Netflix’s Q3 subscriber growth – or lack of – made headlines around the world and sent its share price down 6 per cent on October 20th in after-hours trading.
Netflix said that Covid had brought forward better subscriber growth earlier in the year and this meant that its Q3 growth (2.2 million compared to guidance expectations of 2.5 million). This slow-down in growth is also likely in the current quarter-year but today’s 195 million subscribers (up 23.2 percent y-o-y) is still likely to top 201 million by year-end.
“Consequently, Q3 revenues were only a tad above [consensus] estimates. Due to savings from limited production, operating margins jumped above the guidance (20.4 per cent vs 19.7 per cent guidance), though net profit was below street expectations. Restarting of production is expected to keep FY20E free cashflow negative (c-$2.0 billion). Management expects FY21E free cashflow to be c-$1.0 billion to break-even. Netflix guidance is for incremental 6 million paid new subscribers for Q4,” says analysts at Exane/BNPP.
But there are consequences for the state of free-to-air (FTA) broadcasters in Europe, suggests Exane/BNPP. The bank says that a proliferation of OTT suppliers is likely to see more churn for the OTT players, but will also mean a trend away from viewing FTA broadcasting.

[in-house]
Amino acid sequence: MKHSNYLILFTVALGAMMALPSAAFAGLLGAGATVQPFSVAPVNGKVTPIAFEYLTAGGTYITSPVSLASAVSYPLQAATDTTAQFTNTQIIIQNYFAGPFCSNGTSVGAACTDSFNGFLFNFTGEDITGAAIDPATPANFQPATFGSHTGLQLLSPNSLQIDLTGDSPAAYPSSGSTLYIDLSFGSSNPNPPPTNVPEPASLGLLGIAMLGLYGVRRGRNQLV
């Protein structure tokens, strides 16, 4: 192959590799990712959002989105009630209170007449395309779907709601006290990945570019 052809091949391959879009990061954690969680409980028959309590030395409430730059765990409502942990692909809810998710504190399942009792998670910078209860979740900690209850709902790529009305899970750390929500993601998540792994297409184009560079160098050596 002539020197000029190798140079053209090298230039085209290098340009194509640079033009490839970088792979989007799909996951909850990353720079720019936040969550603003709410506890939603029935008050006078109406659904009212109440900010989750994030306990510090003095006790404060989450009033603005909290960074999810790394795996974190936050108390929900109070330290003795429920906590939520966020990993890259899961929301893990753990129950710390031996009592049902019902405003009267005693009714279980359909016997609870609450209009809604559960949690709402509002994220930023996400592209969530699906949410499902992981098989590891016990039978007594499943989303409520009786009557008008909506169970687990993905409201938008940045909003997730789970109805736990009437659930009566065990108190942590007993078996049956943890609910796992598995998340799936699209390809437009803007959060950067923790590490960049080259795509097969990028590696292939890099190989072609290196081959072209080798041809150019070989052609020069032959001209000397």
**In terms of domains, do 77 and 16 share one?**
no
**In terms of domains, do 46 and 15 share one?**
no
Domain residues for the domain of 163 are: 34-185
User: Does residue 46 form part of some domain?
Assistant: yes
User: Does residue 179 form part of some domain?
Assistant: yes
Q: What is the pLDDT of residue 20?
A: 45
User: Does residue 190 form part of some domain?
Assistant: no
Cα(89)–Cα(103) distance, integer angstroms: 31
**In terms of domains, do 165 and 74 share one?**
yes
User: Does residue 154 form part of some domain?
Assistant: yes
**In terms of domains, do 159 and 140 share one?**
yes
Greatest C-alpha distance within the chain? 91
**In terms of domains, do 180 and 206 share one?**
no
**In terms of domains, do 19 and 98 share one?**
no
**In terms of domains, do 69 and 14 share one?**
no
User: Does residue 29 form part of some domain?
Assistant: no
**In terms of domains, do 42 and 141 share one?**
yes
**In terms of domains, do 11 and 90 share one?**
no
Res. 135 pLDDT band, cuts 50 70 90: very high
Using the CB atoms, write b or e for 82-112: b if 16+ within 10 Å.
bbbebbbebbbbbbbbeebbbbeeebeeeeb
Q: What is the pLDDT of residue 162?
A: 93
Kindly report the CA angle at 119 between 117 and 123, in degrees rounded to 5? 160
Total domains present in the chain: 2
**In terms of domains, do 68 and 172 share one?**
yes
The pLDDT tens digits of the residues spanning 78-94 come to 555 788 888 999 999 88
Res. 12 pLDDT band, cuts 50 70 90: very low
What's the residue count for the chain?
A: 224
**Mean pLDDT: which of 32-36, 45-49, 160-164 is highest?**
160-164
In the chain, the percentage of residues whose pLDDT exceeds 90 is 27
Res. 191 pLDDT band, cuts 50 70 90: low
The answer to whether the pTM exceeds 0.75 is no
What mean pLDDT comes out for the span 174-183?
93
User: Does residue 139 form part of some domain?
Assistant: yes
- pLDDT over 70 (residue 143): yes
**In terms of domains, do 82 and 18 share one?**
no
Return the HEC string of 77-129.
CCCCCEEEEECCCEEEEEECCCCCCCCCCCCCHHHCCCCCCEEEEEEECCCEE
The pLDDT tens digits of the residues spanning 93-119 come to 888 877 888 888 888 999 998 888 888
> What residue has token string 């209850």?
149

“Regarding the European broadcasting space we see the increased competition in the SVoD space driven by the US players’ strong differentiation on content depth and marketing firepower as weighing on EU FTAs own Direct-to-Consumer plans, leaving us cautious on most European broadcasters’ SVoD plans,” says the bank.
As to Netflix’s numbers, the bank says that retention remains well “at very healthy levels, better than we [saw] a year ago. Acquisition remains strong.”
Netflix management told analysts that since the Covid lockdowns, it has completed production on over 50 productions, and expects another 150 before the year is over.
“Those productions may go a little slower than we had planned. But materially, we are back in business in production in most places of the world, including in North America that have come on slower […] we’re back to near steady state in physical production,” said Netflix.